A couple of images of the superb Cliff Swallow from Minsmere in early November... First identified late on the Friday afternoon, it was very likely to be present the next morning. After a very early start and we arrived at Minsmere in the dark. A bit if a gamble as to where to go for dawn soon found us positioned in the Bittern Hide. An Otter provided the first action as it came from under the hide into the water giving great views. Soon afterwards the inevitable phone call came through - "its over the car park"! The exodus from the hide was reminiscent of the Romans leaving Brian's house in The Life Of Brian. Fortunately after a quick sprint back it was soon located and performed well for at least two hours accompanying around 7 Eurasian Swallows.
After leaving Shetland just before Britain's first Siberian Accentor was found, I wasn't going to miss a second chance when one turned up at Easington in East Yorkshire a few days later. Staying in Yorkshire made it easy to get there pre-dawn and be at the front of the queue when the praying started to ensure it was still present. In the gloom of dawn we could soon make out a shape with enough colour visible to confirm its presence. It was already feeding in its preferred location. First view of Britain's second Siberian Accentor...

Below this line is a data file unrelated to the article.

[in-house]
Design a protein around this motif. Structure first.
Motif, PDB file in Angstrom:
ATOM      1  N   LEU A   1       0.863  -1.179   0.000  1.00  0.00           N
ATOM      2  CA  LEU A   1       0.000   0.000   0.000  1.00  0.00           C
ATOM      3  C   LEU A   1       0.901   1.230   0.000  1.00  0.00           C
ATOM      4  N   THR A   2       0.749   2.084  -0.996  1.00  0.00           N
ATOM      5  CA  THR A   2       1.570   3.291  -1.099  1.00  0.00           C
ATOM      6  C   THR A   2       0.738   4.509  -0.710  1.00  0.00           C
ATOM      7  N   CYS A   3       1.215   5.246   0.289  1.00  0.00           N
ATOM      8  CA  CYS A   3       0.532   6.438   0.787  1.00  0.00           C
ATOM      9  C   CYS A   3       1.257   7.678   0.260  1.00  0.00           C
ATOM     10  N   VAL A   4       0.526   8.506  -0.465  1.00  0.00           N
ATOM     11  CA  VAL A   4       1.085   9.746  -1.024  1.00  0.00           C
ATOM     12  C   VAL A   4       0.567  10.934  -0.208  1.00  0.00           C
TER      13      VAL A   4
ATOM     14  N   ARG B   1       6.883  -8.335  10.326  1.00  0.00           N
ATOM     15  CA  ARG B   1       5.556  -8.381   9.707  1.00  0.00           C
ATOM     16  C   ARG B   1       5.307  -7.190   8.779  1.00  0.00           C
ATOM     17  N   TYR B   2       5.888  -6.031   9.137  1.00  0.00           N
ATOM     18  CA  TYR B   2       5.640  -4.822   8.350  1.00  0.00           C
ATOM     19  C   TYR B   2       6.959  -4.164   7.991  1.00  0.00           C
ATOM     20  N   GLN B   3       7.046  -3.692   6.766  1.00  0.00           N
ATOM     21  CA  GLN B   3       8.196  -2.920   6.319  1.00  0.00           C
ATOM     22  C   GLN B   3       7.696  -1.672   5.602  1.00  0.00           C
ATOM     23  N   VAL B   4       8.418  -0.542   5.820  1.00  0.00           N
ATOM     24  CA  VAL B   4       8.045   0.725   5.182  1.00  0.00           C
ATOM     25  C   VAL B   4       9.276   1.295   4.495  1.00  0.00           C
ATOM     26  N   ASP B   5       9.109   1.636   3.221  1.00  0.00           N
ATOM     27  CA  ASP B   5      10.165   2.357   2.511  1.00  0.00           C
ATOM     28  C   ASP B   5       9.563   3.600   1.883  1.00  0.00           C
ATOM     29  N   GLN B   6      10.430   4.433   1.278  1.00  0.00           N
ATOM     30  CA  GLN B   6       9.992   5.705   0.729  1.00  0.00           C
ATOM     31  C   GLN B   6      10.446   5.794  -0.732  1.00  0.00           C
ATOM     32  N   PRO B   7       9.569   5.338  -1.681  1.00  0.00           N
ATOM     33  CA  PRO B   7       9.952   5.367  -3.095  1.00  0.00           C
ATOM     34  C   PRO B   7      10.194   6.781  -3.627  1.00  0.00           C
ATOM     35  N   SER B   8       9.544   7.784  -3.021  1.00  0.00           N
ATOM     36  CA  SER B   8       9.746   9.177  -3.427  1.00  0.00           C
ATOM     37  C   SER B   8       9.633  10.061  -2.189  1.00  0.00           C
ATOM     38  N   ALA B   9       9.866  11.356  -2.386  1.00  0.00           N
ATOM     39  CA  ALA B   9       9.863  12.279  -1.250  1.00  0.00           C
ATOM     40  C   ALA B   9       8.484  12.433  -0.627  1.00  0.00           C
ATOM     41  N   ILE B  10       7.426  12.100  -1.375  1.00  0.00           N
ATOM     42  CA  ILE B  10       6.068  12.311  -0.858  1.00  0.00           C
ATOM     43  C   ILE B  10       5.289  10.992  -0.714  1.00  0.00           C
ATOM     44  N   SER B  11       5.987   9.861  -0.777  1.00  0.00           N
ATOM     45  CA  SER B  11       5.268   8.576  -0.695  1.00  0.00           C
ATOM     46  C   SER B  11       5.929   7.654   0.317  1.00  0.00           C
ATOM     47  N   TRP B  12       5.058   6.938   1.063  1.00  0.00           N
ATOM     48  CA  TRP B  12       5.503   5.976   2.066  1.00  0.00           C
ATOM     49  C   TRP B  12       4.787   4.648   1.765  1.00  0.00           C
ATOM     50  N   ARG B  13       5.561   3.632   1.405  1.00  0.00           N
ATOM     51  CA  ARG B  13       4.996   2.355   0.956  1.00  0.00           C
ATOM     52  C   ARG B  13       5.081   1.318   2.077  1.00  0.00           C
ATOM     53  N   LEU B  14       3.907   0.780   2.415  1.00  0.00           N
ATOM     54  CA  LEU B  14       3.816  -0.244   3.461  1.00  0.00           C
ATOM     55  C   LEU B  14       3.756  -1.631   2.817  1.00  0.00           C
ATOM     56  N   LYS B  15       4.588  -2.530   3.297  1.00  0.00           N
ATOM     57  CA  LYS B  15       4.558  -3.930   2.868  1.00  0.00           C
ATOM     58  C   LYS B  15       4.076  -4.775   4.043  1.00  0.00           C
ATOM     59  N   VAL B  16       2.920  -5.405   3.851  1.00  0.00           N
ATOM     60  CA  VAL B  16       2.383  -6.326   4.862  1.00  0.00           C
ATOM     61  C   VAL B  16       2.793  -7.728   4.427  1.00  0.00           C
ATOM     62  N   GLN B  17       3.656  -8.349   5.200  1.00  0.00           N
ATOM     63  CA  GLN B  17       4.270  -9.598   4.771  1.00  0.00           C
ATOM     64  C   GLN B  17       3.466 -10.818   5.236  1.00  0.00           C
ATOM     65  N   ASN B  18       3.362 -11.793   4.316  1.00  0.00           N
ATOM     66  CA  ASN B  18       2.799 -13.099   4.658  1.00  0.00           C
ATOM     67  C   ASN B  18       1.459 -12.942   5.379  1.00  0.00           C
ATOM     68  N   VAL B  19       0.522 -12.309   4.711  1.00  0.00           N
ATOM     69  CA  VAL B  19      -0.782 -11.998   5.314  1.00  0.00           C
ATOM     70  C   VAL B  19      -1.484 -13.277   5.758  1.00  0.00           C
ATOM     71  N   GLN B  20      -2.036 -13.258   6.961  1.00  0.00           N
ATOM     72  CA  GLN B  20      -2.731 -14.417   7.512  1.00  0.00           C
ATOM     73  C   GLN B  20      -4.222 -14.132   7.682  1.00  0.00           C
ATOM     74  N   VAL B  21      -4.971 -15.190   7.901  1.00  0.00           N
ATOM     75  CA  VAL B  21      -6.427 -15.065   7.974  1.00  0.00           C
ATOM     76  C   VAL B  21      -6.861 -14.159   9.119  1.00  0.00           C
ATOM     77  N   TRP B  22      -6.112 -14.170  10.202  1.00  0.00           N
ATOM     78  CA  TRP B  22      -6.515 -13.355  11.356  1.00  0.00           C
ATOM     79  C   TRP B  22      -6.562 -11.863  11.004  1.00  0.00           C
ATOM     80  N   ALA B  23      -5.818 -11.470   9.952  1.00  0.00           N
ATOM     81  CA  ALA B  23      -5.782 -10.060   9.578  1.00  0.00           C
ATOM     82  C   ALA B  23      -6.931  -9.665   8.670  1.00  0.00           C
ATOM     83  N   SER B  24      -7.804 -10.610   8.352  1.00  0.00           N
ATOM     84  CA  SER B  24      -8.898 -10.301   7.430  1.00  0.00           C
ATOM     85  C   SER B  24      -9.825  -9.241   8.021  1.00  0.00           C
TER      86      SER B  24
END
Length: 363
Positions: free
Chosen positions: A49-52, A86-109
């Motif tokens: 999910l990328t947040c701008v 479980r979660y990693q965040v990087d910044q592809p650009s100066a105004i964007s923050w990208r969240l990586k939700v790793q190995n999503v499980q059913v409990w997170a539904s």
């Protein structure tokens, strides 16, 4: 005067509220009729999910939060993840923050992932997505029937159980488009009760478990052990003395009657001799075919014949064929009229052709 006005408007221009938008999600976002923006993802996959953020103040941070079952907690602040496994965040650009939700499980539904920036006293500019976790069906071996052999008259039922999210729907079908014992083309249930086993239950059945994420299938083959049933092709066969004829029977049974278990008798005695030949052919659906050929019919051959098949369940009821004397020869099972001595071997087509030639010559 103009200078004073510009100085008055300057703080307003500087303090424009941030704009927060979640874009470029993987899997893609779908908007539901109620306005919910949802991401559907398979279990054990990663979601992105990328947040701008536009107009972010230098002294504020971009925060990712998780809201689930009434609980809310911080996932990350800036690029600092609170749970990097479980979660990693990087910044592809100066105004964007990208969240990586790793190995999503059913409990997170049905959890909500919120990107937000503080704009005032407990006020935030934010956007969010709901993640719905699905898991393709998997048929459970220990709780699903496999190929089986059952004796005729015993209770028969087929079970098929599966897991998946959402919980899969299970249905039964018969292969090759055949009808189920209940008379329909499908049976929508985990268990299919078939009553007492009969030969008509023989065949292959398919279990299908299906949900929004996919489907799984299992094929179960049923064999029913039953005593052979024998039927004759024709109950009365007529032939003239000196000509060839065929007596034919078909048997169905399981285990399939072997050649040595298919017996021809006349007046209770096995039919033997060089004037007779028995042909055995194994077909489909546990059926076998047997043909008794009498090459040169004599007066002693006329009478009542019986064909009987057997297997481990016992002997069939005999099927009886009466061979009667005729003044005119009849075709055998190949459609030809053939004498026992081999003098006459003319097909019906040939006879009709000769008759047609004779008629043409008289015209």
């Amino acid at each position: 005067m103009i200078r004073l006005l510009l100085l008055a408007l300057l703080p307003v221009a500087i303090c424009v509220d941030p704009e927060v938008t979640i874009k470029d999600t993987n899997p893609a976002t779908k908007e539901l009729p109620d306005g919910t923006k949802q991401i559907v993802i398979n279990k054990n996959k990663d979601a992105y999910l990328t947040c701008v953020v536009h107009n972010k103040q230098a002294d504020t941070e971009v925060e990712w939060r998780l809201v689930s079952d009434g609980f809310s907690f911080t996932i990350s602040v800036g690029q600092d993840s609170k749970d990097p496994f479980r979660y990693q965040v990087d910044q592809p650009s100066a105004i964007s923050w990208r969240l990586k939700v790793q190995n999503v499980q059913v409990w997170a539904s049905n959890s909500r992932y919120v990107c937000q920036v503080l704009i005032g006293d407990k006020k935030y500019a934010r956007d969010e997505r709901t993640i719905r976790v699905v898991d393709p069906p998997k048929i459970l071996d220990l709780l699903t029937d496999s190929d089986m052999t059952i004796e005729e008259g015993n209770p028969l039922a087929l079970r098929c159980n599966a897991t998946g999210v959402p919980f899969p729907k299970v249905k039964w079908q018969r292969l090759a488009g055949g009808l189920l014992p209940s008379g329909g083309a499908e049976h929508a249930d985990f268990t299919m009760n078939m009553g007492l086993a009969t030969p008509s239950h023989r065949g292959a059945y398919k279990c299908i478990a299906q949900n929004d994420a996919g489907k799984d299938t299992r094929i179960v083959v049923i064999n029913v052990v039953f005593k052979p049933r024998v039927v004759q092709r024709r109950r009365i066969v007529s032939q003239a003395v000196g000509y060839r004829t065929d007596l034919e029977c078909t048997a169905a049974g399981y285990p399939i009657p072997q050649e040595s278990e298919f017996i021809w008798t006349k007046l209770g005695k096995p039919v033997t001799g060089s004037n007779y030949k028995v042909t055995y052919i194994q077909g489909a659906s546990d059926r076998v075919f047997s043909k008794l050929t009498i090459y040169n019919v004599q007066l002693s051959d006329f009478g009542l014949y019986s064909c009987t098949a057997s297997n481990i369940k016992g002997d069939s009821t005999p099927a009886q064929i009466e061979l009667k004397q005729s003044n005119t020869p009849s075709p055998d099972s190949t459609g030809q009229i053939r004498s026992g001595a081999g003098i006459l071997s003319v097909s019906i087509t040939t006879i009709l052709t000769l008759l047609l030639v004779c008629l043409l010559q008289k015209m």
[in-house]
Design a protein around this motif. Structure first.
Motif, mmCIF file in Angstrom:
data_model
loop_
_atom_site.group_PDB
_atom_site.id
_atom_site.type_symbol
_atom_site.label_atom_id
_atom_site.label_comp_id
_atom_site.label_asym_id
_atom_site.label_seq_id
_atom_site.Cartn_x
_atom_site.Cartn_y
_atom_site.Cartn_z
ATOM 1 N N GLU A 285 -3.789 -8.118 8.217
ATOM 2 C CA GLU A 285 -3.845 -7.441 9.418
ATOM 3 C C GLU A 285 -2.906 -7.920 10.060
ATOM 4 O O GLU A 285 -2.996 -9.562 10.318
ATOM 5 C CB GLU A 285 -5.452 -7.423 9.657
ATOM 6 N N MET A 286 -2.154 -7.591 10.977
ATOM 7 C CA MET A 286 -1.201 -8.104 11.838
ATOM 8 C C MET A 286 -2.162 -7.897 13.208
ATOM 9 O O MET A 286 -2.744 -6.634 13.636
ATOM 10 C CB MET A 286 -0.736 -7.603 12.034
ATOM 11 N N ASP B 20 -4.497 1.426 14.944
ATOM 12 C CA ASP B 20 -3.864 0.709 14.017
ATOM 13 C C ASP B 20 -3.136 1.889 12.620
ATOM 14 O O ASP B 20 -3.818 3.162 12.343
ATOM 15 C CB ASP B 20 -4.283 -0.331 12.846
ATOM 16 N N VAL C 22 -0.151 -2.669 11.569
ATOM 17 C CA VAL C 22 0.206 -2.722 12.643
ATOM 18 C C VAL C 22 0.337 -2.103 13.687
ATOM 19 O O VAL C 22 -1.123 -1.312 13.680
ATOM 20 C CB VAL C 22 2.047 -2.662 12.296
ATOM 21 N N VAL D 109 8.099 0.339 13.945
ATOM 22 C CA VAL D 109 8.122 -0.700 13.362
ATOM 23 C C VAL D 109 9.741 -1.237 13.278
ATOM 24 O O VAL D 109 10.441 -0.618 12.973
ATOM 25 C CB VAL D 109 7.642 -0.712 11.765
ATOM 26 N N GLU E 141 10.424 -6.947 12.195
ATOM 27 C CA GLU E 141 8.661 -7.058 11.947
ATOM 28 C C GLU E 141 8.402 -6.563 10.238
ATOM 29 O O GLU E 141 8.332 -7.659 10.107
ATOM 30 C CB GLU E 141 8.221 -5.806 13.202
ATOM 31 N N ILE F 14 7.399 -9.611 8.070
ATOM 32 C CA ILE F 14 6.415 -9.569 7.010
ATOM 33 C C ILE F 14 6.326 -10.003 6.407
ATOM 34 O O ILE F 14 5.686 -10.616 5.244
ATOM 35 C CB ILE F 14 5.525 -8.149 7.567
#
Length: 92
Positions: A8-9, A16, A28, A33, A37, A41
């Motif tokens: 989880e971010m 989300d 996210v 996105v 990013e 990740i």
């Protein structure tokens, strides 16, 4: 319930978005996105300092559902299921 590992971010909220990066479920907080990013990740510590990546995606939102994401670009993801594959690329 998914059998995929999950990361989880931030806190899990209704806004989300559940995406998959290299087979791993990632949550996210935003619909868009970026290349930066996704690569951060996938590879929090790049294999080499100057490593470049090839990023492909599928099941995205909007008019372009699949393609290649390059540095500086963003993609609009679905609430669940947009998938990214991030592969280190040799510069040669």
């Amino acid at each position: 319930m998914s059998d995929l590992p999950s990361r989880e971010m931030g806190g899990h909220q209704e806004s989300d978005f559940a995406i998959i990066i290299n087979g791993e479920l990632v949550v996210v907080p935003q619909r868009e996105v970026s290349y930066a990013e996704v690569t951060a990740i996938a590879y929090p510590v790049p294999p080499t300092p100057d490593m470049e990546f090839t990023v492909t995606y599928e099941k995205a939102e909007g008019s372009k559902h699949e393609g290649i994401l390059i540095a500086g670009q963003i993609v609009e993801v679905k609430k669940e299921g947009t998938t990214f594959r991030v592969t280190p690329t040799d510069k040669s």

As the light got marginally better (it was grey and drizzling), it proved hard to photograph, but that didn't really matter.
After spending some time in Easington, it was down to the Spurn area where is turning into a classic autumn day with some superb birds present. This Pallas's Warbler was trapped and released mid-morning.
Lesser Redpolls andone of hundreds of Goldcrest in the trapping area:
Near the beach, a couple of Shore Larks:
An unusually showy Dusky Warbler by the canal:
On the way out, another look for the Siberian Accentor found it feeding almost out of view in the gas terminal. However, it soon flew back to its previous location and briefly perched up on a post for a superb final view of it.